Migaszewski C.,Torun Center for Astronomy
Celestial Mechanics and Dynamical Astronomy | Year: 2012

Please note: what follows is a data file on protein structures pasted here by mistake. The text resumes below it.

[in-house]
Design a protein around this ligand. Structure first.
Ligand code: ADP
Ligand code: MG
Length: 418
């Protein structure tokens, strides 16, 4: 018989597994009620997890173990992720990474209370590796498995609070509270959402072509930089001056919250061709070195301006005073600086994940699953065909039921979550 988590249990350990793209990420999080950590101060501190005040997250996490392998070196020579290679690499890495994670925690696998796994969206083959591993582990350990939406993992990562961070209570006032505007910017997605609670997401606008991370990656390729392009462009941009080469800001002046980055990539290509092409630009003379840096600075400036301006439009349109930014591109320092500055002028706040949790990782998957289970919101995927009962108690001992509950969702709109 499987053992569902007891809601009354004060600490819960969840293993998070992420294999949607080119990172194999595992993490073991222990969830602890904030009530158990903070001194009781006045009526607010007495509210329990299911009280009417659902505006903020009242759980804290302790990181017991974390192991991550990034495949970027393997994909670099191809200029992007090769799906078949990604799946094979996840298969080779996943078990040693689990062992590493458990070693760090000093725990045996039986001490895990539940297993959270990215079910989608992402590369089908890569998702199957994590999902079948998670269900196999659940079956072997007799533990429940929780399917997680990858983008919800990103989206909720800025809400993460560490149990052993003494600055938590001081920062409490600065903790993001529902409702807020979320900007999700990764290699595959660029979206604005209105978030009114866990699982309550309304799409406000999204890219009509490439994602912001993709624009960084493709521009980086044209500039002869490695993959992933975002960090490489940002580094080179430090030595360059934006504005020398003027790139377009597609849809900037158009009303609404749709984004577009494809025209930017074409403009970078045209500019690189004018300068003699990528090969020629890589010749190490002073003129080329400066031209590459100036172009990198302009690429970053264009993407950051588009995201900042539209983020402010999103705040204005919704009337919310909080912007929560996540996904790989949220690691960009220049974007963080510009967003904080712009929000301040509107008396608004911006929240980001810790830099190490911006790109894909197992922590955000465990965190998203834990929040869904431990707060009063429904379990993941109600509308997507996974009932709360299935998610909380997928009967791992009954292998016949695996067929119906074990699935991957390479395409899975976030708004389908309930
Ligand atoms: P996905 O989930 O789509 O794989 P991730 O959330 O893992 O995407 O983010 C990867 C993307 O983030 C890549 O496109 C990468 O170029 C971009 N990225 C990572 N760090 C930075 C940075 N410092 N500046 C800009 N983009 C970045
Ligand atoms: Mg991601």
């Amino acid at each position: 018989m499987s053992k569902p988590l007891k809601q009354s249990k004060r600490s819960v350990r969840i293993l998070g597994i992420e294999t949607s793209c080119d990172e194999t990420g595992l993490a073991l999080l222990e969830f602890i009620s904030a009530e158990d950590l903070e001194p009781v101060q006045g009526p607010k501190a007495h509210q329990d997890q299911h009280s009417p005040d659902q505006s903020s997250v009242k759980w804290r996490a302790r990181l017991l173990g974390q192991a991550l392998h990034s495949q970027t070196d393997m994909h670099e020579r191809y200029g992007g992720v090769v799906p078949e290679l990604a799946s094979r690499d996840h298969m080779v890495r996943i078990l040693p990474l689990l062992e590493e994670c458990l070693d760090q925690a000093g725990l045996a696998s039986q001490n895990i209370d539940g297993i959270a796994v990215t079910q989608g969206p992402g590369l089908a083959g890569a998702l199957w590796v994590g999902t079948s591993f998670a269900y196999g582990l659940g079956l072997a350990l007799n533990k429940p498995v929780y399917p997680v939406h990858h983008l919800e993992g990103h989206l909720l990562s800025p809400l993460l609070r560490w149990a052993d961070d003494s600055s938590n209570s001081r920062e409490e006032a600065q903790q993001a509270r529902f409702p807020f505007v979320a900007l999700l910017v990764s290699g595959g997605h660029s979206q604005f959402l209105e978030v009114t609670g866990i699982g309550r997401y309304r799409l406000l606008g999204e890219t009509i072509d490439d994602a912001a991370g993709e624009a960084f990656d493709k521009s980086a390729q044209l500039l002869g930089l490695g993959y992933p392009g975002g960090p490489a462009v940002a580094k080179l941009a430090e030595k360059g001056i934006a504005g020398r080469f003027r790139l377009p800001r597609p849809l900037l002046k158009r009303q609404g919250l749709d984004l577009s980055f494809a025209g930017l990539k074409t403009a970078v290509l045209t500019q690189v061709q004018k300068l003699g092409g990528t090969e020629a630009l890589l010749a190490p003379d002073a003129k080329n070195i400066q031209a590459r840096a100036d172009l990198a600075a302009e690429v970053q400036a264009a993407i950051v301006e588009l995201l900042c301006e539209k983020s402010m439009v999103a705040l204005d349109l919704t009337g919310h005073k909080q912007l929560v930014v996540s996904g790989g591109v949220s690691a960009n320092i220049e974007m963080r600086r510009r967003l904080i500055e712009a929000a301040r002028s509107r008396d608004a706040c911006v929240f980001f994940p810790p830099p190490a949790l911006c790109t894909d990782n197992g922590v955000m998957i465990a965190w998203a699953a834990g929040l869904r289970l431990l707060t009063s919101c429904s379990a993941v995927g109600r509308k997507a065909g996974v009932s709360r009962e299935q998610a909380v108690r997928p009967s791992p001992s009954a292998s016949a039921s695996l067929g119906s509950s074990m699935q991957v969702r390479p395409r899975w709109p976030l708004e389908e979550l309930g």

We study the long-term dynamics of a planetary system composed of a star and a planet. Both bodies are considered as extended, non-spherical, rotating objects. There are no assumptions made on the relative angles between the orbital angular momentum and the spin vectors of the bodies. Thus, we analyze full, spatial model of the planetary system. Both objects are assumed to be deformed due to their own rotations, as well as due to the mutual tidal interactions. The general relativity corrections are considered in terms of the post-Newtonian approximation. Besides the conservative contributions to the perturbing forces, there are also taken into account non-conservative effects, i. e., the dissipation of the mechanical energy. This dissipation is a result of the tidal perturbation on the velocity field in the internal zones with non-zero turbulent viscosity (convective zones). Our main goal is to derive the equations of the orbital motion as well as the equations governing time-evolution of the spin vectors (angular velocities). We derive the Lagrangian equations of the second kind for systems which do not conserve the mechanical energy. Next, the equations of motion are averaged out over all fast angles with respect to time-scales characteristic for conservative perturbations. The final equations of motion are then used to study the dynamics of the non-conservative model over time scales of the order of the age of the star. We analyze the final state of the system as a function of the initial conditions. Equilibria states of the averaged system are finally discussed. © 2012 The Author(s).